Article abstract: Personifying the essence of sophistication, wit, and style, Coward was one of the most productive and versatile artists in the history of show business as a playwright, composer, actor, singer, and director.
Noël Peirce Coward was born December 16, 1899, in Teddington, Middlesex, a small village on the Thames. His parents, Violet Agnes Veitch and Arthur Sabin Coward, had met there during a choir practice in 1890. They were married in 1892 and soon had a son, Russell, who died of spinal meningitis in 1898. Arthur Coward, who came from a family of organists, worked as a piano and organ salesman but never prospered. In 1905, when Noël was six years old, the family moved to cheaper housing in Sutton, Surrey, where the Cowards’ last child, Eric, was born later that year.
Young Noël’s stage career began at Sutton in 1907, when he sang at a school concert. After the family moved to Battersea in 1908, he began attending the theater regularly, quickly becoming infatuated with show business. He wrote a play for three acquaintances, sisters, to act in, but because they giggled during the performance, he hit one over the head with a wooden spade. In January, 1911, he made his professional stage debut in Lila Field’s all-children musical production The Goldfish (1911).
Coward’s formal education virtually stopped in 1911 as he, with the enthusiastic help of his mother, pursued a career on the stage. He soon won a bit part in a comedy starring Charles Hawtrey, from whom he began to learn about comic timing. While appearing in another Hawtrey play in 1912, Coward made his directorial debut with a single performance of a one-act play for children. He began his friendship with Gertrude Lawrence the next year, when the two children appeared together in a play in Liverpool and Manchester.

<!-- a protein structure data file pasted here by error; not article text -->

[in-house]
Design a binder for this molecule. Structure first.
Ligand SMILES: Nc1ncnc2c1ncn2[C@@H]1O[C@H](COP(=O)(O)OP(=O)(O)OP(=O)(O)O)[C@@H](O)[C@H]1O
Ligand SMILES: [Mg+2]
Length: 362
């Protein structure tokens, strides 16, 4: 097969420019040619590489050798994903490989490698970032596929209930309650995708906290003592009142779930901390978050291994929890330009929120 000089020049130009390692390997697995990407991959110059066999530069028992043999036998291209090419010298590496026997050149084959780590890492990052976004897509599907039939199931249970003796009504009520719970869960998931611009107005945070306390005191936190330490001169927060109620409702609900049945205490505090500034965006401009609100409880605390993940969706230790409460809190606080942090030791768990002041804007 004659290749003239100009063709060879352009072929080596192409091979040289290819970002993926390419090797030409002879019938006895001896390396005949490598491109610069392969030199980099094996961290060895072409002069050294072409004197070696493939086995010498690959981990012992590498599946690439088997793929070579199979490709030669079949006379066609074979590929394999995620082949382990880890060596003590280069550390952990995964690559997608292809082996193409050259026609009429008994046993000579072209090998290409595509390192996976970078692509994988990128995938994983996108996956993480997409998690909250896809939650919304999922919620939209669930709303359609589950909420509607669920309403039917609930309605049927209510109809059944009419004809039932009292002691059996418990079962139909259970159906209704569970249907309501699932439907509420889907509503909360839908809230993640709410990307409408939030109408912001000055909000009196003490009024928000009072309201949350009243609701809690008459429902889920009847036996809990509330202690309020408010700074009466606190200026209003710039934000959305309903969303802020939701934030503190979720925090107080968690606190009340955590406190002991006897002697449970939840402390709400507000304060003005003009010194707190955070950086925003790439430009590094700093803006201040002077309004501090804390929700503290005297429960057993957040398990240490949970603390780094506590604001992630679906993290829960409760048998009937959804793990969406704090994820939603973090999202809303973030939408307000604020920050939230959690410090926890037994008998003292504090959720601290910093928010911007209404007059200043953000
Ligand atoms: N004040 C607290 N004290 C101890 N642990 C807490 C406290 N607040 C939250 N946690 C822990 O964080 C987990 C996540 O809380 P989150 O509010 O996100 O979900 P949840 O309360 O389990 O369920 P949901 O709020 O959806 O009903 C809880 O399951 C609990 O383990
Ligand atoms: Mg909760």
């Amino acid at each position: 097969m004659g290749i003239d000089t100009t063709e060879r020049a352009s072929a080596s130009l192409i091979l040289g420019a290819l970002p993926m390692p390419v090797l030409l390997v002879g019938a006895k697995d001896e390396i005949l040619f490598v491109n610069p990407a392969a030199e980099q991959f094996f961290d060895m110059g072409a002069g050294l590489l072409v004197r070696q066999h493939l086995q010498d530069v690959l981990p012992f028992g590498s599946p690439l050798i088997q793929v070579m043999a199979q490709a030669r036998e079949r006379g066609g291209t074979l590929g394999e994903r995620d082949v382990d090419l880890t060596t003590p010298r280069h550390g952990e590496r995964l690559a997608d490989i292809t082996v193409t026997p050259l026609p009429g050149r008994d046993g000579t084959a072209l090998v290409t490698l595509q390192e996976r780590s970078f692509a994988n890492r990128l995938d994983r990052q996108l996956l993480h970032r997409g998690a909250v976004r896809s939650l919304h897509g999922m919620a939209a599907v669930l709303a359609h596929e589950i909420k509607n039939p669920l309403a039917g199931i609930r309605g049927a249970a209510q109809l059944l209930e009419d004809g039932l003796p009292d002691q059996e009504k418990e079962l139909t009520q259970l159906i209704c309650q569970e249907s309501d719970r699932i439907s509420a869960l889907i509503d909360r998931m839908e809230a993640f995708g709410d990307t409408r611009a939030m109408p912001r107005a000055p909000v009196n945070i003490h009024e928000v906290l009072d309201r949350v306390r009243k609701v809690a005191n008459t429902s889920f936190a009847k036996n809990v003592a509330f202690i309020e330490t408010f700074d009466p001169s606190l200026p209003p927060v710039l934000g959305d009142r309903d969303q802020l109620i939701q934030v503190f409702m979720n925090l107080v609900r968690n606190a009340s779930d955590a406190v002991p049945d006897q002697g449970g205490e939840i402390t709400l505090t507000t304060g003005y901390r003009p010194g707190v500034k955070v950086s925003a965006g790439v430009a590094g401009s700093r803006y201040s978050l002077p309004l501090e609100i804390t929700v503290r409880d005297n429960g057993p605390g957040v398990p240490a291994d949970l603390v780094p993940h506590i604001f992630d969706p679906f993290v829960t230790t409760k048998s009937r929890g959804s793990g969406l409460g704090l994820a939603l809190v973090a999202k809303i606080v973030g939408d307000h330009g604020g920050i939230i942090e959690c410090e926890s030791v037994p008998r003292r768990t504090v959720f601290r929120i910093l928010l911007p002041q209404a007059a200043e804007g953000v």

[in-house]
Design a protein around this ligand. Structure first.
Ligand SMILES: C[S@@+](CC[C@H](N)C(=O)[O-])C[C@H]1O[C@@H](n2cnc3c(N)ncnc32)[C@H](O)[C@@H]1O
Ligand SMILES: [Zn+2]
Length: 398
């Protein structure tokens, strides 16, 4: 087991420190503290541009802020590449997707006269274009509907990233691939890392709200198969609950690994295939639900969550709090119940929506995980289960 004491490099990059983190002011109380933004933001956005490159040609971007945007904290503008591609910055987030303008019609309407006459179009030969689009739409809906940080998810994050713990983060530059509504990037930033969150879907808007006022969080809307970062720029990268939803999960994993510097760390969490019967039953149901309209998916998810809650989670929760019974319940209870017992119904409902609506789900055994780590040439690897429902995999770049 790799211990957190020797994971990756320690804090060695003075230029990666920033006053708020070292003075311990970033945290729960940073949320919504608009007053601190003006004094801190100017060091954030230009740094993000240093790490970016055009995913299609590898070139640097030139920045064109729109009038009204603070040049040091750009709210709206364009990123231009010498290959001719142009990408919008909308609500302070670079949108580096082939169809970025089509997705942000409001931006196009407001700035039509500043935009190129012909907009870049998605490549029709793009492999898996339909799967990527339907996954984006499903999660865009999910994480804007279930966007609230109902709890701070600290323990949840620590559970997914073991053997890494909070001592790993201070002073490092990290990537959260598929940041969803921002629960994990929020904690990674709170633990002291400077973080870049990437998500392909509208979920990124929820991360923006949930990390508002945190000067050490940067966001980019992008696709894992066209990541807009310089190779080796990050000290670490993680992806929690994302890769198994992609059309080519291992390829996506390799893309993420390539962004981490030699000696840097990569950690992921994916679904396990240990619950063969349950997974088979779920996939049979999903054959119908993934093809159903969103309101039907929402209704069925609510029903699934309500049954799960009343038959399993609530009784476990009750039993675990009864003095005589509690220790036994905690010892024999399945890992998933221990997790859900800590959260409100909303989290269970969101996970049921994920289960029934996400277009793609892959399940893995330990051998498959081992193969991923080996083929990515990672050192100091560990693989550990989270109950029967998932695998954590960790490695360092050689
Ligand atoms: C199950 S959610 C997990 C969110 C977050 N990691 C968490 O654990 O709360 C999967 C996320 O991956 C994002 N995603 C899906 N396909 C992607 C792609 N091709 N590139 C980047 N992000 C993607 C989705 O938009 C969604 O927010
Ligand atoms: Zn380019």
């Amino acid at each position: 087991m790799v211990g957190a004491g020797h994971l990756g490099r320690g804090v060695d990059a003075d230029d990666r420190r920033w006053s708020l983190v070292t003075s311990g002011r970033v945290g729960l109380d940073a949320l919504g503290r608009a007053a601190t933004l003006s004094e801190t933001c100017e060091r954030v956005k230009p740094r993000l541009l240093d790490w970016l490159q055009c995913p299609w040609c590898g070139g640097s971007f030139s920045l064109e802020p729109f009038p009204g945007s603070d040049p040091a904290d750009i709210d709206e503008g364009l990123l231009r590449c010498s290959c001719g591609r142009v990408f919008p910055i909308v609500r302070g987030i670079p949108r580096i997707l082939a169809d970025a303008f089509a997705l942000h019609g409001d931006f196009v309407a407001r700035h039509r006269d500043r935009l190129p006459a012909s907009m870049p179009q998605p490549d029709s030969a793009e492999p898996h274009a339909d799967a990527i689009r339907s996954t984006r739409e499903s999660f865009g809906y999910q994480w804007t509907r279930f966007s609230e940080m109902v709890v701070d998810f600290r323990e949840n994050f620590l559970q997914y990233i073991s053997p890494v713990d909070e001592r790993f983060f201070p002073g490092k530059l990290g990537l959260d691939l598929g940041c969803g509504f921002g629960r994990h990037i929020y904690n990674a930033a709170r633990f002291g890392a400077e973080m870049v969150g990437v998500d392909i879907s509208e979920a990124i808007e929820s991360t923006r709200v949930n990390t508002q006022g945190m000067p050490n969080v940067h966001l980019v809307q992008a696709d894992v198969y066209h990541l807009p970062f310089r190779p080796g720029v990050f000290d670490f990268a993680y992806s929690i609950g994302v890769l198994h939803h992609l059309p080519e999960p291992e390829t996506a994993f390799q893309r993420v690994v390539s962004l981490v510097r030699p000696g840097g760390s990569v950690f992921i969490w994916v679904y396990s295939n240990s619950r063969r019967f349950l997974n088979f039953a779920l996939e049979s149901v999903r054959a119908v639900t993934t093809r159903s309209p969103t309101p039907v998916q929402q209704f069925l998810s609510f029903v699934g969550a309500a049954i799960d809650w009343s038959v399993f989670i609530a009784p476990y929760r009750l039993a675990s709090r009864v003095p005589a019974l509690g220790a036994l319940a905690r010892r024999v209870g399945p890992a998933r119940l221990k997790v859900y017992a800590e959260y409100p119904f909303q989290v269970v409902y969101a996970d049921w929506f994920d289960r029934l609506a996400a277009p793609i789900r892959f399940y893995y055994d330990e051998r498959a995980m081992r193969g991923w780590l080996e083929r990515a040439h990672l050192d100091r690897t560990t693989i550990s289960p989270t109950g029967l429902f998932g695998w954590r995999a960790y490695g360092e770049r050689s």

The Cowards moved to larger rooms in Clapham Common in 1913 but still lived in genteel poverty. Young Noël was markedly different from other children. According to Micheál Mac Liammóir, with whom between 1913 and 1915 he acted in a production of Peter Pan (1904), “to other children he seemed totally grown-up. He was decidedly puckish, witty, dry, clipped and immensely competent.”
Coward formed a creative rivalry with another child performer, Esmé Wynne, with whom he wrote songs and short plays. During a stay in a tuberculosis sanatorium in 1915, he wrote one-act plays for the staff to perform. At fifteen, he announced his intention to have the entire theatrical world at his feet.
In 1917, a play by Coward was first presented on a professional stage. He and Wynne cowrote “The Last Chapter,” later retitled “Ida Collaborates,” a one-act comedy about the unrequited love of a charwoman’s daughter for a distinguished author. That same year, Coward played a small part in D. W. Griffith’s motion picture Hearts of the World (1918), but he was bored by the time-consuming process of filmmaking and did not appear in another film for seventeen years. At the end of 1917, he played his first adult part in Charles Haddon Chambers’ The Saving Grace (1919), another comedy produced by Hawtrey.
Just as Coward’s acting career was blossoming in 1918, his life began to be disrupted. His father’s company went out of business—Arthur Coward never worked again—and his mother had to operate a boardinghouse. Coward was then drafted and spent nine months in the army. A head injury received when he fell while running on a wooden path kept him out of combat and eventually won for him a discharge.
At the end of 1918, Coward took “The Last Trick,” a four-act melodrama, to impresario Gilbert Miller, who praised the young playwright’s dialogue but faulted the play’s construction and impressed upon him the importance of structure. Inspired by Miller’s thoughtful encouragement, Coward wrote three more plays in 1919, only one of which, The Rat Trap, was ever produced (in 1924).
(The entire section is 4,502 words.)